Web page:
06/27/2012 02:24 pm ET Updated Aug 27, 2012

Arctic Birds: Global Travelers at Risk in Rush to Drill

I can't remember a time when I wasn't captivated by birds and their ability to fly. But try as I might as a child I could not get lift off flinging myself from endless sand dunes. When I grew up my love of birds only intensified and now I travel the planet to witness their miraculous migrations, their remarkable diversity and their unparalled beauty. And when you love something you seek to protect it.

Each species has a great life story to tell and as an actress I always appreciate a good story, so I am pleased to be working with my friends at Audubon and the American Birding Association to tell the story of Arctic birds in Alaska and the peril they are facing.

Every summer a colorful and melodic pageant unfolds across the vast Arctic stage.

Millions of birds stream in from every continent on earth to court, to breed and to raise their young. From the southern Antarctic waters come the Arctic Terns, long distance champs who will cover as much as 40,000 miles a year, every year of their lives, in their bid to nest. Snow Geese and Brant return from North America's heartland and the Pacific Coast. Sandpipers, plovers and falcons come from Argentina and Chile, the Dunlin from Asia, the Bar-tailed Godwit from New Zealand and the Northern Wheatear from Sub-Saharan Africa, a 9,000 mile journey of Olympic proportions for this small songbird.

Birds have been coming to this grand wilderness for millennia, far longer than human beings have been on earth. But they are not the only ones. Also calling the Arctic home are caribou, foxes, wolves, bears and wolverines as well as whales, seals and other marine mammals. Unique plants and marine organisms are all part of the story also; as are the Alaskan Native people who have forged a life for thousands of years in this sometimes ferociously harsh environment.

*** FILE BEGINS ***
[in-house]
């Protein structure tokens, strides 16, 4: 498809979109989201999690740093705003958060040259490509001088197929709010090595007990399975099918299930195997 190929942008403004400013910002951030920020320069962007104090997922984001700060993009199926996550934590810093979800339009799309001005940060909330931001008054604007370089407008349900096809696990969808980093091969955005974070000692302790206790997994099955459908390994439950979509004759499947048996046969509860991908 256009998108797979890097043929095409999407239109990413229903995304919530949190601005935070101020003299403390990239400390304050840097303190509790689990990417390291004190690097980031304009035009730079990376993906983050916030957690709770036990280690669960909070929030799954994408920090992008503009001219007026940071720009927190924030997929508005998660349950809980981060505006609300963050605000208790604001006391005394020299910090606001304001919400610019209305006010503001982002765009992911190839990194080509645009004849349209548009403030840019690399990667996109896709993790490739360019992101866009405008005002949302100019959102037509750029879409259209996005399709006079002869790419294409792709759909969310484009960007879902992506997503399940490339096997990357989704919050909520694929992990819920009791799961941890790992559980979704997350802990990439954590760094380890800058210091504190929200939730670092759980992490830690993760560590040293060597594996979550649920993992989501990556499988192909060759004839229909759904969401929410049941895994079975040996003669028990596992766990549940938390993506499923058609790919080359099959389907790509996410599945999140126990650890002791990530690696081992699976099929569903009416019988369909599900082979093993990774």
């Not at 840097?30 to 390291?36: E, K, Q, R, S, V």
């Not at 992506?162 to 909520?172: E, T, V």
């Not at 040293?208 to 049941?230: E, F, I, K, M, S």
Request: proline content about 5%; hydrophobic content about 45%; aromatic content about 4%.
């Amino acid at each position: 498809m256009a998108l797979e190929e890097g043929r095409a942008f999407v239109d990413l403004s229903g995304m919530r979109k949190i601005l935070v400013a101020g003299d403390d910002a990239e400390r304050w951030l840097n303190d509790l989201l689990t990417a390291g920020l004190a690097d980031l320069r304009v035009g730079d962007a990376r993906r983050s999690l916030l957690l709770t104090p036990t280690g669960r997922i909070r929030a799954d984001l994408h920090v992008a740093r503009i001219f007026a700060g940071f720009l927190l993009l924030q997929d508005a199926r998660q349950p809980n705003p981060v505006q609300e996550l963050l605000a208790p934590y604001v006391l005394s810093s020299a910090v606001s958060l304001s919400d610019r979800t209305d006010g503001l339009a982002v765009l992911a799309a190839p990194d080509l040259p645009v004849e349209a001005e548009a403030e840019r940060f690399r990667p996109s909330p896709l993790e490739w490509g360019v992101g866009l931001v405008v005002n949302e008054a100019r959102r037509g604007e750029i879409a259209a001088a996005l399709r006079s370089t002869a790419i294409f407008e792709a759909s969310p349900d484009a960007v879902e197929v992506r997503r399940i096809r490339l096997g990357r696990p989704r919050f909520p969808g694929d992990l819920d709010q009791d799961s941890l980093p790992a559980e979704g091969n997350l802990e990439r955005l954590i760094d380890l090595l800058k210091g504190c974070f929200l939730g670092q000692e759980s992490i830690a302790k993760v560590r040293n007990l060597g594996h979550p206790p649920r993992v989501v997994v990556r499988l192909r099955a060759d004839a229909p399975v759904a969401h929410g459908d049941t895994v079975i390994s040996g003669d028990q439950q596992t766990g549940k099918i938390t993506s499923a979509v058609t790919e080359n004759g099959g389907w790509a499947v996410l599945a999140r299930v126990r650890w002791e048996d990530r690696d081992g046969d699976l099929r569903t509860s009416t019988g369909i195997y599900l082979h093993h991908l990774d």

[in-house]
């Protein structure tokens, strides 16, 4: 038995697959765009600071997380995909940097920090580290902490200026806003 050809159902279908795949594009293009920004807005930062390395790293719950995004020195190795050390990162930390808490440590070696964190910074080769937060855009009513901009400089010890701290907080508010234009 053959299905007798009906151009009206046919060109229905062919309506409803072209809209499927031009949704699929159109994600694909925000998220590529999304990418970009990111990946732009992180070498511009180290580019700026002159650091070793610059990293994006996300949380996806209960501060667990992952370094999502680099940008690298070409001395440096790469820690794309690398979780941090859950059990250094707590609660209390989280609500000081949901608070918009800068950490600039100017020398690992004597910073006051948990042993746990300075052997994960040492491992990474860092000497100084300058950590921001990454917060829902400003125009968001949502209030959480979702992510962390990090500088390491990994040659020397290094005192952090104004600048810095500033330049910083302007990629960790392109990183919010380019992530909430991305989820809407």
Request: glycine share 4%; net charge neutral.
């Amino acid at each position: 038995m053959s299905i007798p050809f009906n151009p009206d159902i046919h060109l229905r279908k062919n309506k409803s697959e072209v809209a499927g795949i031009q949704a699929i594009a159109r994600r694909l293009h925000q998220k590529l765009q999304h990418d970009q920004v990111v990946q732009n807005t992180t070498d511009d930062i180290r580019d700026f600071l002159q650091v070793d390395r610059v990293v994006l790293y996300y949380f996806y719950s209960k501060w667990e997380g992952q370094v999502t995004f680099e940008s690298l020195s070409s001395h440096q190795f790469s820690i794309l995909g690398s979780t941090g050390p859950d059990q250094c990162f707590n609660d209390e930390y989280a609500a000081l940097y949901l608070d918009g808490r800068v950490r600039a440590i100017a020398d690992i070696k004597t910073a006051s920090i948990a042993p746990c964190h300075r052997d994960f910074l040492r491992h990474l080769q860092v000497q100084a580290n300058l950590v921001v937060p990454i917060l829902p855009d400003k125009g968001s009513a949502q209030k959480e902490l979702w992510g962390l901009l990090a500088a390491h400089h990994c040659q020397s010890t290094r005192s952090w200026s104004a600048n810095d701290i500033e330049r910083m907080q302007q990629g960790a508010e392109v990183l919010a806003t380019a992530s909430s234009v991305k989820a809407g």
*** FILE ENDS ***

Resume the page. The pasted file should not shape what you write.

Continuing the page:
Well, every story has conflict and conflict is raging in the Arctic now over oil and gas drilling. Enormous oil giants are lobbying furiously for the rights to drill in more and more places with fewer and fewer safeguards. If they get their way the destruction they could cause would be enormous.

It seems to me that two things are clear:

First, we must protect the Arctic's most important places for birds and all wildlife. If we ruin them through desecration of habitat or oil spills these great creatures of our planet will be gone and the result will ricochet around the earth. Remember that these Arctic birds are global citizens; some of them probably stop in your own backyard.

Second, wisdom must overrule arrogance and greed when making decisions about drilling and technology. Nobody really knows how to clean up an oil spill in the ice. We can't ruin irreplaceable habitat, foul pristine waters and put entire species at risk to satisfy our dependence on oil or the greed of the huge oil companies.

I believe that this a critical time for our planet and all the species, us included, that call it home. I believe that all of us, whatever our passions or professions must come together to raise a voice for those creatures in the Arctic who cannot speak for themselves. Some people believe that the bounty of the earth is there solely for the exploitation of human beings. I believe that we are here to protect and safeguard the birds and animals who also call our planet their home. The value and majesty of each one is inestimable. And as the naturalist William Beebe said, " ...when the last race of a living being breathes no more, another heaven and another earth must pass before such a one can be again." Let's give the story of the Arctic a happy ending.